Dig Baton Rouge

East of the River: Knowing your worth

It’s hard knowing how to value yourself. Some people with great self-esteem and perfect parents know that they shouldn’t settle for what they get in life. Some other people, with an overly-inflated sense of self who watched too much reality television think they deserve the world. Most people, however, find it hard to know their self-worth and how to demand the respect they’re due.

One common time most people struggle with this is when asking for a raise. I don’t know anyone that can just waltz into the boss’ office and casually negotiate a dollar amount that equates to their time and energy. Then again, I try to avoid dudes in finance, and I’m pretty sure that kind of guys can get a raise in their sleep. For the most part, though, we all go over it in our heads a hundred times and talk it out with a friend or partner.

We psych ourselves up. We go over how the conversation might go and try to anticipate the other party’s counter mover. We already have a list of reasons why we came to a certain dollar amount we deserve. We have to pump up our self-esteem to ask for what we are owed.

If you’re like me, even after this ritual, you put off the conversation for weeks or even months. Why? We know what we’re due yet we don’t want to verbalize it. Sure, part of it is that it’s never fun to discuss money. I think the main issue though is that it’s hard for people to talk themselves up, especially to someone who has authority over you.

When looking for a raise, I usually have to say the number over and over again out loud. Otherwise, I’ll crumble and ask for less. Recently in an interview, I was thrown by the question: “What is the lowest amount you would accept for this position?” I panicked and said $5,000 less than what I would have accepted. I had my range of what I was asking for, but when she worded the question differently, my low bottomed out because I over analyzed a look the interviewer gave me.

These situations are especially difficult for women. The first thing I wanted to do was yell: “I’m sorry!” when I thought I asked for too much money for the position. There is something literally engrained in our brains that tell women to be respectful and appreciative, even when we are on the receiving end of the opposite.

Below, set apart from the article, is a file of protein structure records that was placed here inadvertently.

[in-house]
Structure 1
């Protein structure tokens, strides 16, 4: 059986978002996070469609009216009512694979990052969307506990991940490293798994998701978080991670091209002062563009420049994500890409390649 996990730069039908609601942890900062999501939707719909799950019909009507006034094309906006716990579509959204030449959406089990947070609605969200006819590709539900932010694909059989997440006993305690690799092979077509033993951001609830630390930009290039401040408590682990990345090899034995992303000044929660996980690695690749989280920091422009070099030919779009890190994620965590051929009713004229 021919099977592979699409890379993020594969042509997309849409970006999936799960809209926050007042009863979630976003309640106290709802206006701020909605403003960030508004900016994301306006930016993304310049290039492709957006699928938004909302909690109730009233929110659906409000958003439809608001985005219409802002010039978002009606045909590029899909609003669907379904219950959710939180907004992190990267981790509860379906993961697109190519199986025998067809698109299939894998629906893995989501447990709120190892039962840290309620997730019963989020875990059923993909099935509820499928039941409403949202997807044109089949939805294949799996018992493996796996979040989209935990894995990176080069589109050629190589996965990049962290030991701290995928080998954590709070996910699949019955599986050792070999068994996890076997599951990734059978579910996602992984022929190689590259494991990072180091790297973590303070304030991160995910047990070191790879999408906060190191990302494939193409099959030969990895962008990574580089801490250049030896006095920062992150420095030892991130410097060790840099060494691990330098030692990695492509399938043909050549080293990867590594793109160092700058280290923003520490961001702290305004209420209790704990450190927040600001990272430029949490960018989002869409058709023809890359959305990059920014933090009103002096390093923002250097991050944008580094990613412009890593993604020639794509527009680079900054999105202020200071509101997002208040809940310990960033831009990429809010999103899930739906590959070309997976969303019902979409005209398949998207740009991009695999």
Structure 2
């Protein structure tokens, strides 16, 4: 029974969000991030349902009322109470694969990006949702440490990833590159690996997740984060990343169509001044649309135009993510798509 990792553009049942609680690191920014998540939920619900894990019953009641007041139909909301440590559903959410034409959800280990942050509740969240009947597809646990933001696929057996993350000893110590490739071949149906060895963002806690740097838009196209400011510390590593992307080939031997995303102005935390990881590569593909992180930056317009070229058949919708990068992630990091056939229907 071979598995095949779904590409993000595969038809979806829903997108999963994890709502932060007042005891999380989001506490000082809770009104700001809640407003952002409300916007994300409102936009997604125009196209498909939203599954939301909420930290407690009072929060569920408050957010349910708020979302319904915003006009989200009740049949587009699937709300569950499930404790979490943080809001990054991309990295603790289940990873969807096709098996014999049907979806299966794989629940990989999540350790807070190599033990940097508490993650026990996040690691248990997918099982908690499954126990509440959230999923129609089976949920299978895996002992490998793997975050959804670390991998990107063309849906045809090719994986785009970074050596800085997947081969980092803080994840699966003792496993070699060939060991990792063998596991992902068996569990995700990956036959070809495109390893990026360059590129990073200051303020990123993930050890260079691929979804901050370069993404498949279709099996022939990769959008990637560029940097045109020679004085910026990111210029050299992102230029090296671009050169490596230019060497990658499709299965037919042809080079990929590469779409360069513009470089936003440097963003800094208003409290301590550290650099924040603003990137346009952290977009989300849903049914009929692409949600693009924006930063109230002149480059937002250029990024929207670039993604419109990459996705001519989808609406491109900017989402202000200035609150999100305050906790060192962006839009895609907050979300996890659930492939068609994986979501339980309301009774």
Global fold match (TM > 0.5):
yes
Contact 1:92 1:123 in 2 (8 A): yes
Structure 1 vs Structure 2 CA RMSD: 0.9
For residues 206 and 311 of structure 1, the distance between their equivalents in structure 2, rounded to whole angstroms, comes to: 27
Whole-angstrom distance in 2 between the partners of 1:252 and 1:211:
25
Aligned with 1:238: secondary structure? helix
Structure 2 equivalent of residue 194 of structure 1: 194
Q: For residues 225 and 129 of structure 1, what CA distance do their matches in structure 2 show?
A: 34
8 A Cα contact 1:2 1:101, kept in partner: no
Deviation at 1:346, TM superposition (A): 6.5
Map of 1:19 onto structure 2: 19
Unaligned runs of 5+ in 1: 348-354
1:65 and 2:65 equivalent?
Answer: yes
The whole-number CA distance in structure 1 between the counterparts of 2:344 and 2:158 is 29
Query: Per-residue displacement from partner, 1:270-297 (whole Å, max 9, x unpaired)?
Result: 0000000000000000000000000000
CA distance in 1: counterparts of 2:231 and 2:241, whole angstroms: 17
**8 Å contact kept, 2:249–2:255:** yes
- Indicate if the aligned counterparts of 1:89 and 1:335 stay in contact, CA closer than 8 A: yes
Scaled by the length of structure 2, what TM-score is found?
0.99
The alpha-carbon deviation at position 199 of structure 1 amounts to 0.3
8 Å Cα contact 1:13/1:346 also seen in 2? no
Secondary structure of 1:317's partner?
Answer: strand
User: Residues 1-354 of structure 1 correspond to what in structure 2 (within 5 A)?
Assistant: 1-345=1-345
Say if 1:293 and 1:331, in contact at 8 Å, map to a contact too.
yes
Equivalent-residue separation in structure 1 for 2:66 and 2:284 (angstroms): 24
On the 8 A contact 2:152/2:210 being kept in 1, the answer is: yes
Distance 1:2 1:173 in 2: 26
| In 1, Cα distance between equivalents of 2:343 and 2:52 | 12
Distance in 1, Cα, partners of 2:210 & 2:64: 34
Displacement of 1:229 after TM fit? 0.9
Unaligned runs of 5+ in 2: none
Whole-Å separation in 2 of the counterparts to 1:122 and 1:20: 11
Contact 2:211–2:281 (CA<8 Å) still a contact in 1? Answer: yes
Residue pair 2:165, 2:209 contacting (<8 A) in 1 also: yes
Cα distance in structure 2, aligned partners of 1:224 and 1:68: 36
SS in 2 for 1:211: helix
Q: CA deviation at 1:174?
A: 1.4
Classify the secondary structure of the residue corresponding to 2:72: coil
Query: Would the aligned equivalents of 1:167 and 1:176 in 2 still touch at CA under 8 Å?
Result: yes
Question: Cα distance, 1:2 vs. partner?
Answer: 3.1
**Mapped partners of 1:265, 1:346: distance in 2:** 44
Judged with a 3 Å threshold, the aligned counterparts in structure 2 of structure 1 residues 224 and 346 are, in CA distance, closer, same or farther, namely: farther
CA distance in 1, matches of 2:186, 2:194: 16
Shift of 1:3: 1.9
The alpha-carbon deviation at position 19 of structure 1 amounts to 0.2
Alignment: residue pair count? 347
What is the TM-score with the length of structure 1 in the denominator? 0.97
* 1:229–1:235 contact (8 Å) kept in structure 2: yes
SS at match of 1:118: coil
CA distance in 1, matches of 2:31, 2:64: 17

I know a lot of my guy friends have said to me: “Oh we don’t have to worry about you, you can take care of yourself.” Which, for the most part, is true. I’m not a defenseless woman. I’m independent, and my friends know I don’t usually need an escort to my car or someone to save me if a guy is overly flirtatious.

They don’t exactly understand though how easy it is for a woman to slink back to the role of a 50’s housewife when she’s uncomfortable. Even the woman who always seems to have something to say can go silent when someone talks to her or touches her in a way that is inappropriate.

This is also why it’s all too often you see a dominant and capable woman who picks a manipulative, controlling, loser of a man. It’s a pattern that competent women sometimes fall into–one I remember all too well. It’s usually the woman who is the most confident in her professional decisions who ends up making the poorest choices in her personal ones.

Asking for a raise and demanding your partner treat you with respect might not seem like they’re in the same category but they both require you knowing what you’re worth. Sometimes you can’t see how great you are and what you merit. Sometimes it takes a friend or loved one to see the good in you and remind you of your amazing qualities.

Whether it’s in a relationship or the board room, it’s important to stand up for what you deserve.   Sometimes it’s just picking your battle of when to fight over how someone is treating you in certain instances. Other times it has to get out of an unhealthy relationship or environment altogether. It’s hard to know your worth, but sometimes you have to do a cost-benefit analysis on what you’re getting versus what you’re giving.


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